The Evolution of Gothic Cape into its being

While growing up, and even now, we have seen superheroes wearing capes. Superheroes may be fictitious but there is a reason why we see most superheroes wearing capes. They are just meant to offer protection to the wearer. But just like many other things that we still use today, we are unsure from where or when exactly did the cape originate, though it is a popular belief that the French word cloke, originated from cloca (Latin), which translates to the modern-day gothic cape


The earliest mention of a cape


Probably, the earliest mention of a cape dates back to the illustration of 1066, of a shepherd or soldier who had a cape across his shoulder. Much later in the 1300s, an illustration was found of a woman who had a cape attached to the collar of her dress, which is something sort of a mentel (as capes were known as) of the medieval times.


Capes happened to be simple, round cloth pieces that were attached to the collar, but over time, capes evolved into more complex designs that needed to be tailored and required intricate stitches. Later, different styles of capes were used to denote occupation or rank.

For example, while kings/queens wore double-stitched, fur-rimmed capes of satin, silk, or velvet that reached till their feet, monks wore waist-length, hooded capes. 


Capes in the Victorian Era

Now, women were seen in capes more than men, but it was not until the Victorian Era that capes earned a stable position in the clothing/fashion industry. The bright red-coloured capes were accepted as a powerful colour that denoted a person from the high class or a good pedigree.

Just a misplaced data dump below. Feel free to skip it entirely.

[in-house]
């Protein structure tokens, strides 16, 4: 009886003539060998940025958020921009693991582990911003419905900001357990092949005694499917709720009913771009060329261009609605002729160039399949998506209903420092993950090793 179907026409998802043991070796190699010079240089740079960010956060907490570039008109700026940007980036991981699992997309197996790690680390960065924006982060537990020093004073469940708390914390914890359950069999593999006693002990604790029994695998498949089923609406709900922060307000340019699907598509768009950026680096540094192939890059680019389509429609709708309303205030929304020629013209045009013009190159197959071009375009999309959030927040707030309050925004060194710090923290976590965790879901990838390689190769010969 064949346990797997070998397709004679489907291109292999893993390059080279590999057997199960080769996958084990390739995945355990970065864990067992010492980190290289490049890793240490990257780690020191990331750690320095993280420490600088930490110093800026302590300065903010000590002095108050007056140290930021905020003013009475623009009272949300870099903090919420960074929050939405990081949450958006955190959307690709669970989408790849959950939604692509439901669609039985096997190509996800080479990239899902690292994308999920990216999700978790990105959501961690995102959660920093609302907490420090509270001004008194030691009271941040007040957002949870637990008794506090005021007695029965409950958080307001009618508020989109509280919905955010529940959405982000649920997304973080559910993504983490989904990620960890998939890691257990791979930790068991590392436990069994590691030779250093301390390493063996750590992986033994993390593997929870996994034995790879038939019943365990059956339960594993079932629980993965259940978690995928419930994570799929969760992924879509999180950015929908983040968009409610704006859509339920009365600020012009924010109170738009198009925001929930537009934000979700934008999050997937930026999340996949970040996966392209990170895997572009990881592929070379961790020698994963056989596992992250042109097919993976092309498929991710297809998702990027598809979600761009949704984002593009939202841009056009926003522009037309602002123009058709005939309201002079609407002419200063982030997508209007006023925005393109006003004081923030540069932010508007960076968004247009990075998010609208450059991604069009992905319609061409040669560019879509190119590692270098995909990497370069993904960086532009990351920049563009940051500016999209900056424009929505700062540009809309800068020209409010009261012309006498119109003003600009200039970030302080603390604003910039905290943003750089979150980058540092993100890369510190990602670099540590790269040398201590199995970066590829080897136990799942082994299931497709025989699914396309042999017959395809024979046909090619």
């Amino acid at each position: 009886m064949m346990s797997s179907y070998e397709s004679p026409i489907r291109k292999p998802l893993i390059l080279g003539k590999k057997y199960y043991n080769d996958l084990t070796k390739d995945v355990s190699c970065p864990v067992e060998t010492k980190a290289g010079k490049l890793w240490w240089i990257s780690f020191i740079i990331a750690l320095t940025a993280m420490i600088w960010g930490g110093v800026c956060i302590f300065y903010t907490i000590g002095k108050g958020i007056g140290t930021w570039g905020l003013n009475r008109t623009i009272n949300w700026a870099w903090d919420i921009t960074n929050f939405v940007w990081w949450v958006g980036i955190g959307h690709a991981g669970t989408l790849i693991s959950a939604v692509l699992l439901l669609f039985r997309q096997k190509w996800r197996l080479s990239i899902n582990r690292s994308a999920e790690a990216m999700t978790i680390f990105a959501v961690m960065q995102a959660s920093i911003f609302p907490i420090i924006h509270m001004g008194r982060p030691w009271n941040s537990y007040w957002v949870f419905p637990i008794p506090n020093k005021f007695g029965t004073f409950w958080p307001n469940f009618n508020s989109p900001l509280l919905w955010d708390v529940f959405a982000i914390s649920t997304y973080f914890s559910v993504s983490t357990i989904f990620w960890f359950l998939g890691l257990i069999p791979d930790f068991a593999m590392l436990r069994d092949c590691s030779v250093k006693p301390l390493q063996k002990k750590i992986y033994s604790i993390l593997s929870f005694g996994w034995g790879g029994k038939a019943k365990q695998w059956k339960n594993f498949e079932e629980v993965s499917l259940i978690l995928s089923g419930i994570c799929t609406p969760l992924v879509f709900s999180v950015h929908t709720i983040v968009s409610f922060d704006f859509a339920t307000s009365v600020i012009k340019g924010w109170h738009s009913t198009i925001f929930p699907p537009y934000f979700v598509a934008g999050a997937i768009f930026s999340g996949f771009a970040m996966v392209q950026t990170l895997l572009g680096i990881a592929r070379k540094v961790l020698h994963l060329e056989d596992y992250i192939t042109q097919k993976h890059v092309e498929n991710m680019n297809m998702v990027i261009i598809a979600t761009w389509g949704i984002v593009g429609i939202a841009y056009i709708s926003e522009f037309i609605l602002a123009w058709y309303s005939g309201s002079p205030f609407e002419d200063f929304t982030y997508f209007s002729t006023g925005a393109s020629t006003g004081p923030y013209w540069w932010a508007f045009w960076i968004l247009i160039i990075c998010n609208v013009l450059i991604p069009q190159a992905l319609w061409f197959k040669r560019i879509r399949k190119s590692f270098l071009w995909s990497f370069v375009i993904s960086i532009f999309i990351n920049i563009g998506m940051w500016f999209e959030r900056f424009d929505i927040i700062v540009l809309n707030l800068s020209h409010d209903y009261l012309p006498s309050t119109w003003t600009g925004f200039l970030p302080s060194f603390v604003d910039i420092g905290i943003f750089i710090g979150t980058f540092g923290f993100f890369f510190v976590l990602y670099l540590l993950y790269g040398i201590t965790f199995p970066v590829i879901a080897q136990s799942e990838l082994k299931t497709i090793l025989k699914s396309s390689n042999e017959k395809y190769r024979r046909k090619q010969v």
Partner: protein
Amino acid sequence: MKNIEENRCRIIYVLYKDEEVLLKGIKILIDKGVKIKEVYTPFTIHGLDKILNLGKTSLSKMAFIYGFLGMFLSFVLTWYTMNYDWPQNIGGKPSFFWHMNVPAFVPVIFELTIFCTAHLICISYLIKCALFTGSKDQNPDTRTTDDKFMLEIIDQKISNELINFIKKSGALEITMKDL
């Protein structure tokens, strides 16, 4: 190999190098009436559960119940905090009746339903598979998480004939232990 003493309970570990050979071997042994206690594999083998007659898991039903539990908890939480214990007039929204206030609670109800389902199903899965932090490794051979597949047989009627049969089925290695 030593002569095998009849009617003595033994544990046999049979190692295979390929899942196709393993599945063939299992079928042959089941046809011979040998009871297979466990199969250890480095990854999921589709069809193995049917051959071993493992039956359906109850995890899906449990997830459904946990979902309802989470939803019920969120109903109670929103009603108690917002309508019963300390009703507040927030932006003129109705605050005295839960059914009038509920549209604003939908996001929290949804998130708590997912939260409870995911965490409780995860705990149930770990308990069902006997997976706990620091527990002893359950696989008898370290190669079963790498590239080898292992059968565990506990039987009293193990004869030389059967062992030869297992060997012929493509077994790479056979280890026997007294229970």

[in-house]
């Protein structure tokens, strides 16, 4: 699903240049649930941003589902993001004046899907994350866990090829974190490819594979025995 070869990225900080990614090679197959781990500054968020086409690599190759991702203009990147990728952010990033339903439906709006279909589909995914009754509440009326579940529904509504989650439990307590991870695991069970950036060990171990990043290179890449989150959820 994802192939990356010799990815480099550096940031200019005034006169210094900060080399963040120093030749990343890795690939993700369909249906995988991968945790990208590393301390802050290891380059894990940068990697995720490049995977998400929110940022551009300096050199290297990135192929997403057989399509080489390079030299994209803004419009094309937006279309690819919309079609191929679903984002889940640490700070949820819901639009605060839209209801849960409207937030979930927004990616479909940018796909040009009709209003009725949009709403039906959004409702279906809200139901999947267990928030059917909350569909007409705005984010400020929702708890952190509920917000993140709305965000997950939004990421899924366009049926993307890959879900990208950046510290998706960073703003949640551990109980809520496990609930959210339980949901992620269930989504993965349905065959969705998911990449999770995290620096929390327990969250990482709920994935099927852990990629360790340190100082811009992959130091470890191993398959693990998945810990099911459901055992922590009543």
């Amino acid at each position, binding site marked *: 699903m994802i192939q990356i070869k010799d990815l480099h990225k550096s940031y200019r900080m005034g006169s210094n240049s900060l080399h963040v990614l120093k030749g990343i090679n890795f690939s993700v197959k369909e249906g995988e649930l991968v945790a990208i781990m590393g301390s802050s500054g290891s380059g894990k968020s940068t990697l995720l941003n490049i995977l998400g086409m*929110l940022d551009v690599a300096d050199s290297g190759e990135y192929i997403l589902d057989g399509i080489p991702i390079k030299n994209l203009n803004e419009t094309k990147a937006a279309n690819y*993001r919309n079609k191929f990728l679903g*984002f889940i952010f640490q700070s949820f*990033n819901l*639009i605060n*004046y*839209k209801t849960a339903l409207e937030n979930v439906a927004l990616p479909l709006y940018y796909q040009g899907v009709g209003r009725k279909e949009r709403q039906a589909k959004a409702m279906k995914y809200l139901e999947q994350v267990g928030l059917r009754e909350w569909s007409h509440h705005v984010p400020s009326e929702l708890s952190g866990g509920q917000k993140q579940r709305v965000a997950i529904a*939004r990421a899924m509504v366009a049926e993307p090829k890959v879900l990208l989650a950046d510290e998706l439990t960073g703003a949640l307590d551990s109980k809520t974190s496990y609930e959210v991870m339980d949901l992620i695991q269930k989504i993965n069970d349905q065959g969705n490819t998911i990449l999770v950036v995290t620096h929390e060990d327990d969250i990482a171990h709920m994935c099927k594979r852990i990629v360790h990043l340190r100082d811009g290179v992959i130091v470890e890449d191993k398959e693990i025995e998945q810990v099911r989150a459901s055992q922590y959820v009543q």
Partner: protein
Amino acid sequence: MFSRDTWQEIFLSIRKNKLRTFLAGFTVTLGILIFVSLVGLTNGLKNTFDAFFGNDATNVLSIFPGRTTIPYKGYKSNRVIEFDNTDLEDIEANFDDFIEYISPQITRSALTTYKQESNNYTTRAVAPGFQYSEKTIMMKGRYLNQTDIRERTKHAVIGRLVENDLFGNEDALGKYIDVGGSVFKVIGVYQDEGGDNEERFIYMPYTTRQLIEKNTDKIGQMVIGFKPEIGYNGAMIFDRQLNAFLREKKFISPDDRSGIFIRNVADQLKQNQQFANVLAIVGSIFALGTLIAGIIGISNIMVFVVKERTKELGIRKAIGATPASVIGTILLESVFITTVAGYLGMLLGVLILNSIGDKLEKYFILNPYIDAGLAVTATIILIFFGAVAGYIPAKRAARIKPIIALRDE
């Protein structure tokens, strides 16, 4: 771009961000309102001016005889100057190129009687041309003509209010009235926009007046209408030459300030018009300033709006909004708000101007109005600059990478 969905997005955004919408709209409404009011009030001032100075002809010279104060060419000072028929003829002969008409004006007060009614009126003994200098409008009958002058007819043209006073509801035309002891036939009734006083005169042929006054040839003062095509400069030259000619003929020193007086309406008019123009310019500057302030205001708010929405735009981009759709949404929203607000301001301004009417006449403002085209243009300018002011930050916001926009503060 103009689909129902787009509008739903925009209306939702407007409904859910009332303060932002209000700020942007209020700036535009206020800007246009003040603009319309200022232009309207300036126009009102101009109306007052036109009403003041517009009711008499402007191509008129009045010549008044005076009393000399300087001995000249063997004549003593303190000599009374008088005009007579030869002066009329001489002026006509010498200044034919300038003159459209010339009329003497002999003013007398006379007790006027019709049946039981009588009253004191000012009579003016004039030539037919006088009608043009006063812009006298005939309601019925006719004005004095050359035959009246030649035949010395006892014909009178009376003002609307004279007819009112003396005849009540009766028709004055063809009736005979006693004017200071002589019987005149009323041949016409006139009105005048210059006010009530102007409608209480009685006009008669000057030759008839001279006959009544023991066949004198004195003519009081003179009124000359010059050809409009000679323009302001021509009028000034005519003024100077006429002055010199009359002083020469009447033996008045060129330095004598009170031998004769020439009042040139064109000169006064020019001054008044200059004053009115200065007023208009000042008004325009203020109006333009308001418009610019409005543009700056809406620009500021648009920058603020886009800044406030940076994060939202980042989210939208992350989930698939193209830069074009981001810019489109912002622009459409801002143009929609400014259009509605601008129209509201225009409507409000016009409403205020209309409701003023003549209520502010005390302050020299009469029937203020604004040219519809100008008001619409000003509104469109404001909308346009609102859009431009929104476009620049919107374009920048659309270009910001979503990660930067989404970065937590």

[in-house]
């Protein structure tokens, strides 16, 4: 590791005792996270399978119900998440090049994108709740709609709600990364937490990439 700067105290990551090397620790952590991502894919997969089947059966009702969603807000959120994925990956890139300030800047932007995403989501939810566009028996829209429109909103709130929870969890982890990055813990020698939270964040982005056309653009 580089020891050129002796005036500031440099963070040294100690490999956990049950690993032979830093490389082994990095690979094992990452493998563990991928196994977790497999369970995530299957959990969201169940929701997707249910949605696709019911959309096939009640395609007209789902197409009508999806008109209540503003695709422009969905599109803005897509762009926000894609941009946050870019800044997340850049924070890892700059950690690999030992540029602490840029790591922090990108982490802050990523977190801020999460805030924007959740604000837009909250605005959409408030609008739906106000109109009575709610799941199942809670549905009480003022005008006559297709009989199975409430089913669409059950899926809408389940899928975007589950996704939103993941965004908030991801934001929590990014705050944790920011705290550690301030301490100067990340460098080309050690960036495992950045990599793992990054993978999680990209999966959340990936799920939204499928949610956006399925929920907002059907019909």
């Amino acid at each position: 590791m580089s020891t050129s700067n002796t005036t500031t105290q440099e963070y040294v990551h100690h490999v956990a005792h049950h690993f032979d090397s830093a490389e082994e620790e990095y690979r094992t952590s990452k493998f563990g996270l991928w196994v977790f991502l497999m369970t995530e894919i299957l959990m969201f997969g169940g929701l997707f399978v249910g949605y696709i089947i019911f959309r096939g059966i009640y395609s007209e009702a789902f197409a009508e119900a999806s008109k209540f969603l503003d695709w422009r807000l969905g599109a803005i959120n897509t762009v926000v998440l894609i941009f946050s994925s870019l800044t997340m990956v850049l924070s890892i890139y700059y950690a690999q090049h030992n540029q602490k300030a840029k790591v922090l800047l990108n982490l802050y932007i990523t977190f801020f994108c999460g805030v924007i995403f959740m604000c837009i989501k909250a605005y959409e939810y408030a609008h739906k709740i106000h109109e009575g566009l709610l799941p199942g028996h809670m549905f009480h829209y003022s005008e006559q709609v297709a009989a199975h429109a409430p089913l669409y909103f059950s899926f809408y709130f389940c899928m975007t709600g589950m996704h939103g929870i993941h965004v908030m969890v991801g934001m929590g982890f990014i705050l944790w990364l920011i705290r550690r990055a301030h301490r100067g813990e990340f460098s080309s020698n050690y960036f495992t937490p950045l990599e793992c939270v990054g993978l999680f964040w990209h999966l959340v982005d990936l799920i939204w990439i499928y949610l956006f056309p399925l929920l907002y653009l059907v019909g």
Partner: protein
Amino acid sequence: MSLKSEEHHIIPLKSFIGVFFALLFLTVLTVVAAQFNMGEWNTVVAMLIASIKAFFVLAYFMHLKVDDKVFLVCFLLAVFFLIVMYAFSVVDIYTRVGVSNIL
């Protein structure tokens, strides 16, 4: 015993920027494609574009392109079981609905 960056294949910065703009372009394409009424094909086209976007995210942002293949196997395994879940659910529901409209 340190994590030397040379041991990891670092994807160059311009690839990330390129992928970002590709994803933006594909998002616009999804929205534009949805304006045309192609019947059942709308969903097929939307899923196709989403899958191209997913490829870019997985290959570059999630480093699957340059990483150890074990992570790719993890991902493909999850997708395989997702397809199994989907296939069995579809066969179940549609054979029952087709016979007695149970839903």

The European army wore capes to save themselves from rains, and they were also worn during the wars before and throughout the 1900s. The US army officers still wear capes as an alternative to trench coats.


But as capes entwined more into fashion their original designs started transforming. In the 1920s, they were designed as cocoons and were worn as evening outfits. By the next decade, a more tailored silhouette, something between the coats and capes were born that had a collar and buttons, arm slits (like that in capes), and irregular hems. 


Some decades later, in the 1950s, the designers redesigned the cape and removed the functionality part, making it an out-an-out fashion statement. They emphasised the fabric, shape, and flawless seams and lines. 


The capes went off fashion for a short span and returned in the 1970s as the poncho cape. The crochet versions of this became popular immediately among the non-nonsense crowd and the followers of Goth. Fashionable net capes also became popular.  


How gothic capes grew popular?


Gothic fashion is incomplete without capes when paired with women’s gothic dresses or gothic skirts. They are comfortable, yet stylish, creating a statement of their own. 

A 1966 cult Gothic soap opera Dark Shadows saw the vampire Barnabas Collins wearing the cape, an Inverness cape. This cape made a reappearance in the 2012 remake of Dark Shadows film. 


Gothic fashion of the 1980s, 1990s, and later years focuses on black and dark clothing that included heavy eye makeup, pale skin, dark hair (crimpled or spiky), Victorian accessories, fishnet stockings, corsets, lacy gloves, gothic trousers and shirts, gothic skirts, velvet cloaks, net Gothic capes, and leather coats or jackets.

Throughout the 20th Century, capes have been a popular accessory for comic superheroes like Batman, Robin and Superman, Thor, Cloak, Spectre, and so on. Thanks to Marvel Cinematic Universe, we see a good number of Superheroes (and villains) wearing capes. 

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